- Class Number 2201
- Term Code 3330
- Class Info
- Unit Value 6 units
- Mode of Delivery In Person
- Dr Mike Roettger
- Dr Mike Roettger
- Class Dates
- Class Start Date 20/02/2023
- Class End Date 26/05/2023
- Census Date 31/03/2023
- Last Date to Enrol 27/02/2023
The field of population studies is concerned with how populations change, and how population change impacts society. This course introduces the field of population studies and theories on population change, and considers past, current and future population issues. The topics include the relationship between population size and resources; population transition theories; mortality and fertility decline; population ageing; and population distribution and migration. Students will investigate the effects of population size, growth, and distribution on sustainable development, and consider the role of policy.
Upon successful completion, students will have the knowledge and skills to:
- demonstrate an understanding of demographic changes in the world and their major determinants;
- use major demographic concepts and population theories to explain and evaluate past and present population changes;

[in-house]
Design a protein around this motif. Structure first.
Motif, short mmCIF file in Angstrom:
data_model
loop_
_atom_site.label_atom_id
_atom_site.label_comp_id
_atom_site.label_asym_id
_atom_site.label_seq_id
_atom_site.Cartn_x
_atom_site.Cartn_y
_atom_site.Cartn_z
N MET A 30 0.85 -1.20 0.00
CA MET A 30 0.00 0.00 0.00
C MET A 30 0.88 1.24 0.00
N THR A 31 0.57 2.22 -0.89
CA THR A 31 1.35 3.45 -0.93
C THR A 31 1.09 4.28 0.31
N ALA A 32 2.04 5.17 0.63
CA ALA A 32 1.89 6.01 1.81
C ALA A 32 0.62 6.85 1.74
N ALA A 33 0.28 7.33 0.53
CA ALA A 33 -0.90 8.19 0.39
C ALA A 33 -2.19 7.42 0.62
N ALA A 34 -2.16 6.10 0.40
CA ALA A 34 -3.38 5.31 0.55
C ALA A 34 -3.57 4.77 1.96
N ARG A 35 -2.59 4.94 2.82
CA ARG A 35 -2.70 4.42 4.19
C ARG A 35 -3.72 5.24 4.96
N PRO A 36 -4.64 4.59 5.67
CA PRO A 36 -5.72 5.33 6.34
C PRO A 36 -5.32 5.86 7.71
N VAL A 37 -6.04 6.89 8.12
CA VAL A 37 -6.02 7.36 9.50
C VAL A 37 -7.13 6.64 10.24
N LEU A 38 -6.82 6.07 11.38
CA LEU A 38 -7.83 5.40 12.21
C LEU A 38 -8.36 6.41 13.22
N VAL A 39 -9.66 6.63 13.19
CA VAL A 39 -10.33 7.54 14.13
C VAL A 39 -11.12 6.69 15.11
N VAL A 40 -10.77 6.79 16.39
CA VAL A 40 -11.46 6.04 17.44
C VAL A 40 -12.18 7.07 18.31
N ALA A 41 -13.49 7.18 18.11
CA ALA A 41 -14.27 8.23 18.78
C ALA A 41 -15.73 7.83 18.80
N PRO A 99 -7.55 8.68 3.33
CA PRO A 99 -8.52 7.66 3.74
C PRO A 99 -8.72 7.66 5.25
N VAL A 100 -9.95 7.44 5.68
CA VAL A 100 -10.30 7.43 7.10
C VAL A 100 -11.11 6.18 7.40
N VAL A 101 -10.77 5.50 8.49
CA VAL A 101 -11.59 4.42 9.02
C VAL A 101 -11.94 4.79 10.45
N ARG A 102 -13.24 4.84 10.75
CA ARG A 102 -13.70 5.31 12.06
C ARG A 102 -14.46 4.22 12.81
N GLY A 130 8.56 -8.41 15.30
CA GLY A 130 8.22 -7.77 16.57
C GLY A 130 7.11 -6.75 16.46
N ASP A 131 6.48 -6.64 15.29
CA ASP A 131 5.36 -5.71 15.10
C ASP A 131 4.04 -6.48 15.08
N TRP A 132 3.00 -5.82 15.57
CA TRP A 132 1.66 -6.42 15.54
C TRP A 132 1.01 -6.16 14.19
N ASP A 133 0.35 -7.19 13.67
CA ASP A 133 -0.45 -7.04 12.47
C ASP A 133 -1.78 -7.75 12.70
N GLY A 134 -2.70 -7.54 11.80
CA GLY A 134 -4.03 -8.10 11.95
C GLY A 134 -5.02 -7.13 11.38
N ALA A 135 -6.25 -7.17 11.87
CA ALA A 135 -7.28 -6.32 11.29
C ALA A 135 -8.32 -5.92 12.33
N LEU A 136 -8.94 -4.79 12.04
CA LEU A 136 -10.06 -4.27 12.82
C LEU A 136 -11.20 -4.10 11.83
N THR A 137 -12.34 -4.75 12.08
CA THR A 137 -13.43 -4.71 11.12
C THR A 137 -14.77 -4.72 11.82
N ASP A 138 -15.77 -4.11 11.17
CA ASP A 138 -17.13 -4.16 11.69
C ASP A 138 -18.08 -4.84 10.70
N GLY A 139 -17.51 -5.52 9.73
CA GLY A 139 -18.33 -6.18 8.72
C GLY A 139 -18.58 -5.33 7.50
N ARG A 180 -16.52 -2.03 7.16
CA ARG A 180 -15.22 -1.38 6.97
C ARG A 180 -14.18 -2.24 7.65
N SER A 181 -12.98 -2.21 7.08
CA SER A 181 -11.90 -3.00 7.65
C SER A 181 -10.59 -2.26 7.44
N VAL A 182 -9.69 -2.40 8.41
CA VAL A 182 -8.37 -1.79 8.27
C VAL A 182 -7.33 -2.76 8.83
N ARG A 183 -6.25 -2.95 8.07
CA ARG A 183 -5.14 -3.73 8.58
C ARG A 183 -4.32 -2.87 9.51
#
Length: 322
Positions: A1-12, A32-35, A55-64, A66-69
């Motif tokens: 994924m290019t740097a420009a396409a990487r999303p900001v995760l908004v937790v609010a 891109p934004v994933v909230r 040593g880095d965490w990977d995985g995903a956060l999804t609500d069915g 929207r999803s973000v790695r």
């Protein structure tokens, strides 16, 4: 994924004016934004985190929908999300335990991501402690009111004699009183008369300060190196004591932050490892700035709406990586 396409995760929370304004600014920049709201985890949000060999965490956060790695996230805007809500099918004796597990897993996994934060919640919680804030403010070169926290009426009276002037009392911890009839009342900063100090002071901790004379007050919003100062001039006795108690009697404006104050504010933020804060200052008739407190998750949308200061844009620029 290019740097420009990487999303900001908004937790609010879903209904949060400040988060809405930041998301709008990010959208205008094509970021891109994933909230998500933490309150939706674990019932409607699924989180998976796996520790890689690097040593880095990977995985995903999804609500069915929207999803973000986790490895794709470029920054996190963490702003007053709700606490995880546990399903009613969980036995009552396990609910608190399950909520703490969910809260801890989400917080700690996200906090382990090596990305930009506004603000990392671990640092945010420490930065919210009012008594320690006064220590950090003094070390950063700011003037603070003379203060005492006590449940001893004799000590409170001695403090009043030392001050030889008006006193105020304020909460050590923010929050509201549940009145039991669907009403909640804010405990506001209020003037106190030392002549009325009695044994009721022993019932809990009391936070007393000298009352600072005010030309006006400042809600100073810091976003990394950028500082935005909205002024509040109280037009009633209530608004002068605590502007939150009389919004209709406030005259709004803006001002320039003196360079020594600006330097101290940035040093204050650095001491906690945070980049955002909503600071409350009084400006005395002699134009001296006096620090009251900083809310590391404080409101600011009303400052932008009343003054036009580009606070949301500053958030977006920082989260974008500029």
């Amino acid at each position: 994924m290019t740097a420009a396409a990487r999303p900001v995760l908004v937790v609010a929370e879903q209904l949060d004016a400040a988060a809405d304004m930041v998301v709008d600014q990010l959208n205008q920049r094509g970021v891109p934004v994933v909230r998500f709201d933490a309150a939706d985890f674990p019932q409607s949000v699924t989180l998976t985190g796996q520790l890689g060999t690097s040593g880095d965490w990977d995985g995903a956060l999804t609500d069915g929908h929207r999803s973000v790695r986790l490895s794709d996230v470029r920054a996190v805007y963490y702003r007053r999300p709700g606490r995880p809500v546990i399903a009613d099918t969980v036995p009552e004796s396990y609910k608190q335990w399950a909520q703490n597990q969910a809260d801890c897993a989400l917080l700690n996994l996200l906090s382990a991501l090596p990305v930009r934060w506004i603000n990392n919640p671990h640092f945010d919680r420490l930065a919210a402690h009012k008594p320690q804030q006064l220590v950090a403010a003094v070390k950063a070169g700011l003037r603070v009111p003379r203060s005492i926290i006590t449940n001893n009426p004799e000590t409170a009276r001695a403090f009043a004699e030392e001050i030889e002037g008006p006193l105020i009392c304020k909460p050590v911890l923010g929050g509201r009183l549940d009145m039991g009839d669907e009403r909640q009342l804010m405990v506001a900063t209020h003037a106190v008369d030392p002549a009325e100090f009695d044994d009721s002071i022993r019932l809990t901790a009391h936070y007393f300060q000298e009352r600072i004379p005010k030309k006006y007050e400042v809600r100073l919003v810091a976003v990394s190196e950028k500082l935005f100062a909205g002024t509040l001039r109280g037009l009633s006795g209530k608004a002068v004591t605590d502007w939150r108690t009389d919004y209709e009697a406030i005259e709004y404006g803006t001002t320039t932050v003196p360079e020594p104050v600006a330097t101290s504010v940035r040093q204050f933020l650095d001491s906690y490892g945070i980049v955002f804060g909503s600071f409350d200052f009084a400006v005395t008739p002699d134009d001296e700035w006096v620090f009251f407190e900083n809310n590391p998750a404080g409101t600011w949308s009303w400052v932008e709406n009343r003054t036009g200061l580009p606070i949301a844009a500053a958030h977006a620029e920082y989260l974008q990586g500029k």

- interpret demographic materials, such as research literature and demographic data, to assess a current demographic situation; and
- develop a capacity to understand how components of a population are interrelated and impact society
Examination Material or equipment
Students need access to a desktop or laptop computer with a modem for the final exam. The exam is 'open book and notes,' so students may use their notes, course materials, and the textbook in completing their exam. Please also be aware that students will need to access Zoom to participate in scheduled lectorials in the event of a campus shutdown.
The prescribed textbook for this course is:
Weeks, J. R. (2021). Population: An Introduction to Concepts and issues (13th edition). Boston: Cengage Learning.
The textbook can be purchased (from the bookshop on campus) or in electronic format (from the publisher’s website: http://www.cengagebrain.com.au/).
In addition to the textbook, students are required to have read the assigned weekly readings prior to lectures. All non-textbook readings can be downloaded from the course Wattle site. Further, it is expected that students will read more widely to support their assessment tasks.
Additional resources, which support weekly topics, are provided on Wattle.
Students will be given feedback in the following forms in this course:
- Written feedback for all assessment tasks
- Verbal feedback on tutorial presentations
- General (verbal) feedback following the return of marked assessments about overall performance and common issues.